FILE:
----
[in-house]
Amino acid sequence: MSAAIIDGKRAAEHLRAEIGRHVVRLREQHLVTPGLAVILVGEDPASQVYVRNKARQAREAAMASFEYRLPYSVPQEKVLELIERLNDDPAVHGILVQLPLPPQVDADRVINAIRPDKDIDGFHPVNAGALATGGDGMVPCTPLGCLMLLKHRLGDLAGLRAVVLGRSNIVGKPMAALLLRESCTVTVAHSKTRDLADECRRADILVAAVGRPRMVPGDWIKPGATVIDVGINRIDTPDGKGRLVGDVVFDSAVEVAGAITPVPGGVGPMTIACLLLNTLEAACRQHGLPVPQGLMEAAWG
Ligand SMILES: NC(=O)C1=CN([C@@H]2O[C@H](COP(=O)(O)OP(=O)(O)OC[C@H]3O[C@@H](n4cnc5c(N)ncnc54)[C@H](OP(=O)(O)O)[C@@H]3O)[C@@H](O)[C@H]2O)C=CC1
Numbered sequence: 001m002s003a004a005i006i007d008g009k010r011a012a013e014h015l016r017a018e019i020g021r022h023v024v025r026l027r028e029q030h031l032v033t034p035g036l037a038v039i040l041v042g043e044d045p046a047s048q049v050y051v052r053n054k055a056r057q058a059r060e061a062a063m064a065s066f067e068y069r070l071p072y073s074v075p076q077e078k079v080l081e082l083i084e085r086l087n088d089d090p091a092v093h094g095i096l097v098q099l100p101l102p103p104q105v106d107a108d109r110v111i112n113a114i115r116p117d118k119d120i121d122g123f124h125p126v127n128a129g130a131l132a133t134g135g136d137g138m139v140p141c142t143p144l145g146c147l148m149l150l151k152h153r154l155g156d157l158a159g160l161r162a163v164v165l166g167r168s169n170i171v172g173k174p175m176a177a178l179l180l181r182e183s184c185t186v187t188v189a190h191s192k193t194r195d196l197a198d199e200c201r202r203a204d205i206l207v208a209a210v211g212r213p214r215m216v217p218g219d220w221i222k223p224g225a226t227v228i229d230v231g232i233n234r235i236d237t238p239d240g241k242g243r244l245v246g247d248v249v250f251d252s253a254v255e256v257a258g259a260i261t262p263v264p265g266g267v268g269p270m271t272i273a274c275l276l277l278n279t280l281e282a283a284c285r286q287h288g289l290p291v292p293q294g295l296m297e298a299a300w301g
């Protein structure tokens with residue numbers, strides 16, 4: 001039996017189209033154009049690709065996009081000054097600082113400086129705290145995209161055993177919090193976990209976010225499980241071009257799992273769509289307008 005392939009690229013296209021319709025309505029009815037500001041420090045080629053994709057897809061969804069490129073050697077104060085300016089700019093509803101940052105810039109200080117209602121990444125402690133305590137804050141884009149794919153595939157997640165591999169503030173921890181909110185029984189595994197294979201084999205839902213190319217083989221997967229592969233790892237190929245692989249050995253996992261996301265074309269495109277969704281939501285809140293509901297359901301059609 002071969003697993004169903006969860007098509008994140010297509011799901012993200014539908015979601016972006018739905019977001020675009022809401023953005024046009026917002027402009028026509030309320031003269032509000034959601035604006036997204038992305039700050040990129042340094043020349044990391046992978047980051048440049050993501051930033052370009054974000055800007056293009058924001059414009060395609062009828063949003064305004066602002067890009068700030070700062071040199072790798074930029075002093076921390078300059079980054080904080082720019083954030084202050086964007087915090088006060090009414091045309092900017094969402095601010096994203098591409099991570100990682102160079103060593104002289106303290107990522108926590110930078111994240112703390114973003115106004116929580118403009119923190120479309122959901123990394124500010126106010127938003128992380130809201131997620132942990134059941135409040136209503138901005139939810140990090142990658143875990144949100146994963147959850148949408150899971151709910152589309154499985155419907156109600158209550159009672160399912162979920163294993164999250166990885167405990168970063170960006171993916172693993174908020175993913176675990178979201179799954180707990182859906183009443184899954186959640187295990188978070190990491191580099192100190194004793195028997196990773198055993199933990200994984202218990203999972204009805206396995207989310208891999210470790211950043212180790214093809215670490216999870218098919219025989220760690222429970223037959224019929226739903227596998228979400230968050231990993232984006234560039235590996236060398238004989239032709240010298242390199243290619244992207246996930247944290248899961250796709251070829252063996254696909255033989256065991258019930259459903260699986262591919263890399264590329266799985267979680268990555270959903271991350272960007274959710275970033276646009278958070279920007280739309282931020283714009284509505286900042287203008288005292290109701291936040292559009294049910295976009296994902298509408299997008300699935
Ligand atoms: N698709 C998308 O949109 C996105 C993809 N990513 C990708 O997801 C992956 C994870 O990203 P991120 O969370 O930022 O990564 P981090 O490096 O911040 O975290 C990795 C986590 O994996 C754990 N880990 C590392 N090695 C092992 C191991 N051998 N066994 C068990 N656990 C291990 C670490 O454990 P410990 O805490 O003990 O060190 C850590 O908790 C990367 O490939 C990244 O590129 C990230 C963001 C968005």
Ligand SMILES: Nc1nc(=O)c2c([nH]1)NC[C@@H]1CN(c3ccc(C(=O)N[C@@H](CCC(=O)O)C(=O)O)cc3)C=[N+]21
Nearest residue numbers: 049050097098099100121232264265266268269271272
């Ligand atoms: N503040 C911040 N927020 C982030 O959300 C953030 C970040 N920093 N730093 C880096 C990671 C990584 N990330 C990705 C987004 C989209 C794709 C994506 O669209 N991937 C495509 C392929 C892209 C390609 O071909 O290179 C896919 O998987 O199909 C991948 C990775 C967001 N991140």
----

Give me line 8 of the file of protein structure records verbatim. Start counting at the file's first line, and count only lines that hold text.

Nearest residue numbers: 049050097098099100121232264265266268269271272